• Page 95: Hierarchical Scheduling In Ets Output Policies

    Table 6-8. Example: priority group-bandwidth Assignment Priority Group Bandwidth Assignment Hierarchical Scheduling in ETS Output Policies On an Aggregator, ETS supports up to three levels of hierarchical scheduling. For example, ETS output policies with the following configurations can be applied: •...
  • Page 96 Data Center Bridging (DCB)
  • Page 97: Dynamic Host Configuration Protocol (Dhcp)

    Skippy812 Dynamic Host Configuration Protocol (DHCP) The Aggregator is auto-configured to operate as a DHCP client. The DHCP server, DHCP relay agent, and secure DHCP features are not supported. DHCP Overview Dynamic host configuration protocol (DHCP) is an application layer protocol that dynamically assigns IP addresses and other configuration parameters to network end-stations (hosts) based on configuration policies determined by network administrators.
  • Page 98: Dhcp Packet Format And Options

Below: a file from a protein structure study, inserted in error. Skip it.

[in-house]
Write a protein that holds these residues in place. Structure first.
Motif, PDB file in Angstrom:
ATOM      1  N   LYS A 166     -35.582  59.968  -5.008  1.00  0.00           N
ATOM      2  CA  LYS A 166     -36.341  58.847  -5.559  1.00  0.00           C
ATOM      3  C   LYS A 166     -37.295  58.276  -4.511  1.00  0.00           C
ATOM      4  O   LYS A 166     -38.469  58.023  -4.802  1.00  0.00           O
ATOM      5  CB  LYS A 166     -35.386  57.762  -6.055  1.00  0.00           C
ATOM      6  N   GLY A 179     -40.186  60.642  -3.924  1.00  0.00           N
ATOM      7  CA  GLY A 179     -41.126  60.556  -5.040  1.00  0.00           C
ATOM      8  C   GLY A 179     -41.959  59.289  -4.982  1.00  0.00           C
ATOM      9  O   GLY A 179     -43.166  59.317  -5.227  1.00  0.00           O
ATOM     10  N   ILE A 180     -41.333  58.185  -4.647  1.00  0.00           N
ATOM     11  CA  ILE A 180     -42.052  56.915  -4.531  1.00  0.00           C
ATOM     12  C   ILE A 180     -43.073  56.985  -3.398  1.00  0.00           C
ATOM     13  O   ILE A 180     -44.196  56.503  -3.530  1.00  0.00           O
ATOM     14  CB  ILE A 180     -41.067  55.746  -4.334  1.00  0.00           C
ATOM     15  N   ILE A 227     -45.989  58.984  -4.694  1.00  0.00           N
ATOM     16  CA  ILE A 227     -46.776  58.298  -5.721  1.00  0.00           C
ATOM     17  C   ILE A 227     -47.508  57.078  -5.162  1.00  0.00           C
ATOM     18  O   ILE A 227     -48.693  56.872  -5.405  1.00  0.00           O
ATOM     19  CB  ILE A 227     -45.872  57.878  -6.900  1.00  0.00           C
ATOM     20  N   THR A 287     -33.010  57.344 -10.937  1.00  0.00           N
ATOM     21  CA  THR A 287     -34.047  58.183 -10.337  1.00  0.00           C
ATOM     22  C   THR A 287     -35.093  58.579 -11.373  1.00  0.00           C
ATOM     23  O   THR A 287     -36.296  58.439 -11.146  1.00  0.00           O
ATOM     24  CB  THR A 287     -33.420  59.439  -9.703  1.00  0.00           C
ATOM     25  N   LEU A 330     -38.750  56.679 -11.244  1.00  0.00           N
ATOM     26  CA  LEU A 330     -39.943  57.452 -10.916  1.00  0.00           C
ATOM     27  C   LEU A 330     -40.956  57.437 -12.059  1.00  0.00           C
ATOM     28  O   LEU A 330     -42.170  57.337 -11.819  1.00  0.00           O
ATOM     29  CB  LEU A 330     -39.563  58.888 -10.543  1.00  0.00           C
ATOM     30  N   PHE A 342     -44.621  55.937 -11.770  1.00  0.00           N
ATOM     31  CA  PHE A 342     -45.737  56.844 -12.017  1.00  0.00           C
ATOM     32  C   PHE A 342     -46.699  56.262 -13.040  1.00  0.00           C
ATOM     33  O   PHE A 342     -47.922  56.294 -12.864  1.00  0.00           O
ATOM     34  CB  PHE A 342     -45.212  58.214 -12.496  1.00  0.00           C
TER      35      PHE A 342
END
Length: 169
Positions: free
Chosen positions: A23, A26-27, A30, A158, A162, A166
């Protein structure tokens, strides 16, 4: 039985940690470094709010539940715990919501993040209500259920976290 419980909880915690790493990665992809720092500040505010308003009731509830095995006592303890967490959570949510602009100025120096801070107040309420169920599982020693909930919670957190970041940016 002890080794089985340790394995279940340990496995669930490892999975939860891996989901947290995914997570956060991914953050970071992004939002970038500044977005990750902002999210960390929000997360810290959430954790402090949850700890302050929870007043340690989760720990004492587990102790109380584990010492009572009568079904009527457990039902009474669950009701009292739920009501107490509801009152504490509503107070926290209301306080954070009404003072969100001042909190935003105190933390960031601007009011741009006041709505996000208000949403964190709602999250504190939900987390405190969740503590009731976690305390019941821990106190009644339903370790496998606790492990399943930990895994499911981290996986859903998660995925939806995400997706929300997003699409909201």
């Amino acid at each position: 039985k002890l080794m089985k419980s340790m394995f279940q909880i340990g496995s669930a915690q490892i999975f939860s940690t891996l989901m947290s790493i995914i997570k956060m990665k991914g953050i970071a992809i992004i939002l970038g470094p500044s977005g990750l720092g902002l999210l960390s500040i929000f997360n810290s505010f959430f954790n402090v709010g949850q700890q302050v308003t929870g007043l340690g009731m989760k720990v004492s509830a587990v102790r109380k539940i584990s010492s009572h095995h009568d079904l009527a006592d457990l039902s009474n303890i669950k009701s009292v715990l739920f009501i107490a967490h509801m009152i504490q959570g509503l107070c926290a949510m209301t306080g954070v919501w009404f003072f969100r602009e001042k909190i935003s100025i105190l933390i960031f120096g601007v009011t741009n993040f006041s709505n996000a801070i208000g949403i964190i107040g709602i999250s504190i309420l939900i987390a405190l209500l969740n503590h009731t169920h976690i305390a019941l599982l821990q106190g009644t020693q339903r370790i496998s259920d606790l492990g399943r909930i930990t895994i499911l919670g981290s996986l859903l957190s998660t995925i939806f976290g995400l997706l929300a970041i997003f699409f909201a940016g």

DHCP Packet Format and Options DHCP uses the user datagram protocol (UDP) as its transport protocol. The server listens on port 67 and transmits to port 68; the client listens on port 68 and transmits to port 67. The configuration parameters are carried as options in the DHCP packet in type, length, value (TLV) format;...
  • Page 99: Assigning An Ip Address Using Dhcp

    Assigning an IP Address Using DHCP When a client joins a network: 1. The client initially broadcasts a DHCPDISCOVER message on the subnet to discover available DHCP servers. This message includes the parameters that the client requires and might include suggested values for those parameters.